The BCS didn't deserve the vitriol aimed its way in 16 years as a vehicle to choose a national champion in big-time college football. There was only one disputed champion:
LSU, in 2003, when it defeated Oklahoma in the BCS game, and the Associated Press media panel voted Southern Cal as the national champion.
The BCS went out on a wave of good feeling, as it offered Florida State’s 34-31 comeback victory over Auburn in its last-ever title game.
Now, the climax to the college football season is going to be much-improved, starting with the 2014 season. Not only will there be four teams in a playoff for the national title, but bowl games that carry actual prestige will be more clearly defined.
The improvement starts with the name for the new method of crowning a champion. No BCS. No Bowl Coalition. College Football Playoff. We all can figure out what that means.
The four-team bracket won’t be selected by polls or computers. Much like the NCAA basketball tournaments, the teams will be selected by a committee – in this case, 13 people.
The difference is the NCAA has no input with the College Football Playoff, and no control of the proceeds. As with the BCS, this remains the baby of the five power conferences: SEC, ACC, Big Ten, Big 12 and Pac 12, plus Notre Dame.
The former Big East football conference is now the American Athletic Conference, and has been reduced to being bracketed in the “Group of Five’’ with the Mountain West, Mid-American, Sun Belt and Conference USA. The Group of Five is being treated as the equivalent to the basketball mid-majors, and those conferences will be guaranteed one berth combined in a major bowl game.
Previously, there were four bowl games tied in with the BCS: Rose, Orange, Sugar and Fiesta. The Cotton Bowl, played in Jerry Jones’ stadium in Dallas, and the Chick-fil-a Bowl (formerly the Peach), played in Atlanta, are now part of the mix.
The College Football Playoff committee will seed four teams for the playoff. There is no limit on the number of teams per conference. In other words, Alabama and Auburn – both from the SEC West – would have made the playoff this time.
Two of the six bowls will be bracketed together to serve as sites for the playoff semifinals: Rose and Sugar for the 2014-15 playoff, Orange and Cotton for 2015-16, Fiesta and Chick-fil-a in 2016-17, and then continuing forward in that pattern through 2025 season.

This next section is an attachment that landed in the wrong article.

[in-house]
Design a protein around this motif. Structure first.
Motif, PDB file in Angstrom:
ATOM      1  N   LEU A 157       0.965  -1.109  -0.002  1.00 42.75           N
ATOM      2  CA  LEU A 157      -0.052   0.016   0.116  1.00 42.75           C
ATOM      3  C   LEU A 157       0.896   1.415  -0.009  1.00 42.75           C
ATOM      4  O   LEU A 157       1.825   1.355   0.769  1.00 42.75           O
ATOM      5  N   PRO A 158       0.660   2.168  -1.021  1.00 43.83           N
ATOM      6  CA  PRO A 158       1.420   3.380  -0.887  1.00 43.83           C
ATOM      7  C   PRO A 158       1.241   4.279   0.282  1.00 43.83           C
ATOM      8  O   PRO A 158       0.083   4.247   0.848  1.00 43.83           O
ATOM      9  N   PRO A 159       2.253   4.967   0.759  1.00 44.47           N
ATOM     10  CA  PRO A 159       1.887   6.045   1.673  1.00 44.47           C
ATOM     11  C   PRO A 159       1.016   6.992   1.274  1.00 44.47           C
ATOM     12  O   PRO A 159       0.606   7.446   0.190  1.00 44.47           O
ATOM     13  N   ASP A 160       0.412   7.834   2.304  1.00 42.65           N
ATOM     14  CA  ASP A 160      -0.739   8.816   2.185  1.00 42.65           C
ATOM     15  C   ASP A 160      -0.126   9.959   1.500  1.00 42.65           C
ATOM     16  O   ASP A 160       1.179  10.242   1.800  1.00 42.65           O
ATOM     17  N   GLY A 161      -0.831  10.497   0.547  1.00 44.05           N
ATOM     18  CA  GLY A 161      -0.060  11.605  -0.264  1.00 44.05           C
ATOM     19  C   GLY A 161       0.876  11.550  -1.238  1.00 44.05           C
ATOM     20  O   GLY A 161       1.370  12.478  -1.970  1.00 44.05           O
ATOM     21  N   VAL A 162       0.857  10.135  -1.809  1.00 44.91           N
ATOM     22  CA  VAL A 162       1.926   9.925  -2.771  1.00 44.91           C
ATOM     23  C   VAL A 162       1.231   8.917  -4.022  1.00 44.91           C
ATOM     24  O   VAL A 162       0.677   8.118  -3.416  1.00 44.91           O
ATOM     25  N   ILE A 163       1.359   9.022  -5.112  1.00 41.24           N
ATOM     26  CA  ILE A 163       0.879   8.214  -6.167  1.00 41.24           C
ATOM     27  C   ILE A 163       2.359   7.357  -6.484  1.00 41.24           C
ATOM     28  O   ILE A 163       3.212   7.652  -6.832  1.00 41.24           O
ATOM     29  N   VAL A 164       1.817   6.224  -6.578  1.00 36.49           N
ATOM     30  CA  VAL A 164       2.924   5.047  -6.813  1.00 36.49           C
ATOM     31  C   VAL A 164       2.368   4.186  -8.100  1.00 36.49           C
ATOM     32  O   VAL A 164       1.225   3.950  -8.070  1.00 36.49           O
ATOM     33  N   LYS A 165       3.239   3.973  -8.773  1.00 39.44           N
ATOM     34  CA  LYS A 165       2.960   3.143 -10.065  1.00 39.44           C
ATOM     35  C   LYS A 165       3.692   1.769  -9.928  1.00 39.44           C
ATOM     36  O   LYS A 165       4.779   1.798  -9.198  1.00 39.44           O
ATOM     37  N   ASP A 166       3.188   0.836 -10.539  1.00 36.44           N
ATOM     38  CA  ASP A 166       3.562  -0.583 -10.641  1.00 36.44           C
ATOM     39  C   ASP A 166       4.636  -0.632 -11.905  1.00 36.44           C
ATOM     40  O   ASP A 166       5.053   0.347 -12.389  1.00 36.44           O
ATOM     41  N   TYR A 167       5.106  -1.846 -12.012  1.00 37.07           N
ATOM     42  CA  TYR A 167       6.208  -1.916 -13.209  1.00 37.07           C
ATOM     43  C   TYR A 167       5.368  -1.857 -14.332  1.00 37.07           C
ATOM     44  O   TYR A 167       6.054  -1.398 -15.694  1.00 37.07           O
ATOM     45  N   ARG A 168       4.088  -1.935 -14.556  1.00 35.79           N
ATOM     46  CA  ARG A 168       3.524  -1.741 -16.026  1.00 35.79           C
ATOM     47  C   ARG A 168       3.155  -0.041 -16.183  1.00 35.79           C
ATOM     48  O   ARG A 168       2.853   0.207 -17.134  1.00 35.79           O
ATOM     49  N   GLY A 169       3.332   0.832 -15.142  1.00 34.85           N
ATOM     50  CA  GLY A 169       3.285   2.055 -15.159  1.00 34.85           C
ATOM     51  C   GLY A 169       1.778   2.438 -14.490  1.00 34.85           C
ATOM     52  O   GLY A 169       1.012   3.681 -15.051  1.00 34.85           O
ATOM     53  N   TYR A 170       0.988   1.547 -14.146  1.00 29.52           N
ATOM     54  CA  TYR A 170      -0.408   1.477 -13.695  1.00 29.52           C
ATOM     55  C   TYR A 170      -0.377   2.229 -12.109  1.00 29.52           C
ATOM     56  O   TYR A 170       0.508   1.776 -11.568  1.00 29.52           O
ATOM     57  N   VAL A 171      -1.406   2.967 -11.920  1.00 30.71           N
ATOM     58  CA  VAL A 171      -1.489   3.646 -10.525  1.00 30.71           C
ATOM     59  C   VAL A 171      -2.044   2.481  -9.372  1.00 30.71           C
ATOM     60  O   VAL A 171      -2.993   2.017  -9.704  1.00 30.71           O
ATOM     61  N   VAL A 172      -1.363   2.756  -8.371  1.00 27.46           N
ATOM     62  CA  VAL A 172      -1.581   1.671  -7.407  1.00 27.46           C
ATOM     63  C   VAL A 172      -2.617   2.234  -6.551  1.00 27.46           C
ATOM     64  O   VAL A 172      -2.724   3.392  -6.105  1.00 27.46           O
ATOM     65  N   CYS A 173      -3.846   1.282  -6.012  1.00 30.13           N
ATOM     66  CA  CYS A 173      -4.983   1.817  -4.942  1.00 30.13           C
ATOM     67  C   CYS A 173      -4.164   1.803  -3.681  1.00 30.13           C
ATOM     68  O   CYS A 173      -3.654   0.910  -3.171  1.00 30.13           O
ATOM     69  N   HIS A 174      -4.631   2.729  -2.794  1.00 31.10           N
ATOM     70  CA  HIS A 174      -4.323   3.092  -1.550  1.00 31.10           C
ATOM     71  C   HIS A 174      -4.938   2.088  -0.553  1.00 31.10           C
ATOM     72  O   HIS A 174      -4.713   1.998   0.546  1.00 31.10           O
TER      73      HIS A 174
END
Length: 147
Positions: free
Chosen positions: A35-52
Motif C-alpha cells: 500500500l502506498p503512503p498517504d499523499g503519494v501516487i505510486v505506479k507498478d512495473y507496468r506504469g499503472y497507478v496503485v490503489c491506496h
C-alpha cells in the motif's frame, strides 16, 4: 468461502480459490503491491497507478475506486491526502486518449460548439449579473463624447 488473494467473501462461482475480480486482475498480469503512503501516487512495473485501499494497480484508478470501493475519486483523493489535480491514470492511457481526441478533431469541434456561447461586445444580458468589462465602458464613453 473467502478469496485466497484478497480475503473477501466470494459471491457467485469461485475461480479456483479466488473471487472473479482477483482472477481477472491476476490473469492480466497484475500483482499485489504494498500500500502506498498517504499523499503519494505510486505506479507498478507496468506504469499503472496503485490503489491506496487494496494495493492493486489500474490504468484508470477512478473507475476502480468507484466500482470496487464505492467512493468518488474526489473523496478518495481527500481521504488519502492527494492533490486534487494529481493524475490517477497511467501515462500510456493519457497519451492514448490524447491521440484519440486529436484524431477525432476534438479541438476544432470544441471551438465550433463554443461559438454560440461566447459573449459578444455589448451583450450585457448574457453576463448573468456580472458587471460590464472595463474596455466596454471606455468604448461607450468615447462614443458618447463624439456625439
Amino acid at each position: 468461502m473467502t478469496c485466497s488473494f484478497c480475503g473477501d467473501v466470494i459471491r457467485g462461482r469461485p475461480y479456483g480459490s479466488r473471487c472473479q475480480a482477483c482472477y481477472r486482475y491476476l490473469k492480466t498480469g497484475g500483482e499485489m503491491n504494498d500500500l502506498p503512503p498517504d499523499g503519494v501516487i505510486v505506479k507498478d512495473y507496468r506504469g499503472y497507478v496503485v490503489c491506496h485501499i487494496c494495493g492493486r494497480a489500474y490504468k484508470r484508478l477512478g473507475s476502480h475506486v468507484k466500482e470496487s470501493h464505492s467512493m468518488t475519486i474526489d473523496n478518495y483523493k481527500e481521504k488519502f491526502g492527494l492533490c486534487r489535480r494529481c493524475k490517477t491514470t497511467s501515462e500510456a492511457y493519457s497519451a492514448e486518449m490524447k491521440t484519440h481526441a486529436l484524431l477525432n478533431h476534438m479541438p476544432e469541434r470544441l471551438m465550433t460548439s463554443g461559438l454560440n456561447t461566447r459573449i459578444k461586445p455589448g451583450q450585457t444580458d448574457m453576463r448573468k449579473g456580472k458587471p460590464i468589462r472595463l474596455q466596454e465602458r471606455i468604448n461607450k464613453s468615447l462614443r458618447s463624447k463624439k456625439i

That’s how long the deal between the College Football Playoff power brokers and ESPN runs. If the conference partners decide to expand the playoff from four teams to eight sooner rather than later, ESPN figures to be willing to negotiate.
What the four-team playoff does is what the big-dog conference always have insisted they want to do: preserves the bowl system. For that reason, I think there's a better than 50-50 chance that the playoff stays at four teams for the full 12 years of this deal.
You can debate that, but this system is going to be an outstanding upgrade -- both for creating an initial playoff for the major colleges, but also for the four bowls that won’t be hosting one of the semifinals in a given year.
The bowls are going to bill themselves as the “New Year’s Six.’’ In the years it isn't hosting a semifinal, the Rose Bowl will have call on teams from the Big Ten and Pac 12, the Sugar Bowl will have call on the SEC and the Big 12, and the Orange Bowl on the ACC.
Part of the new deal appears to be that the Orange Bowl becomes the likely landing spot for a Big Ten team in the years that the Rose Bowl is hosting a semifinal.
The “New Year’s Six’’ bowl games will be played on back-to-back days (when possible) in tripleheaders. And the title game will be played on a Monday night, six or more days after the New Year’s semifinals. The first title game is set for the Cowboys’ stadium in Dallas next January.
This is the way the College Football Playoff system and the New Year’s Six bowls would have looked if this system had been in effect for this past season.
Semifinals: Rose Bowl-Michigan State (No. 4 seed) vs. Florida State (No. 1). Sugar Bowl-Auburn (No. 2) vs. Alabama (No. 3), in a rematch of their epic regular-season finale.
CFP Championship Game: Jan. 13.
And the eight teams playing in the Fiesta, Cotton, Orange and Chick-fil-a Bowls would have been Stanford, Baylor, Ohio State, South Carolina, Missouri, Oregon, Central Florida and either Oklahoma or Clemson.
Not much different, except when your local team tries to claim great prestige for having reached a New Year’s Bowl, you’ll now be able to say, “Was it a New Year’s Six bowl? If not, it doesn’t count.’’
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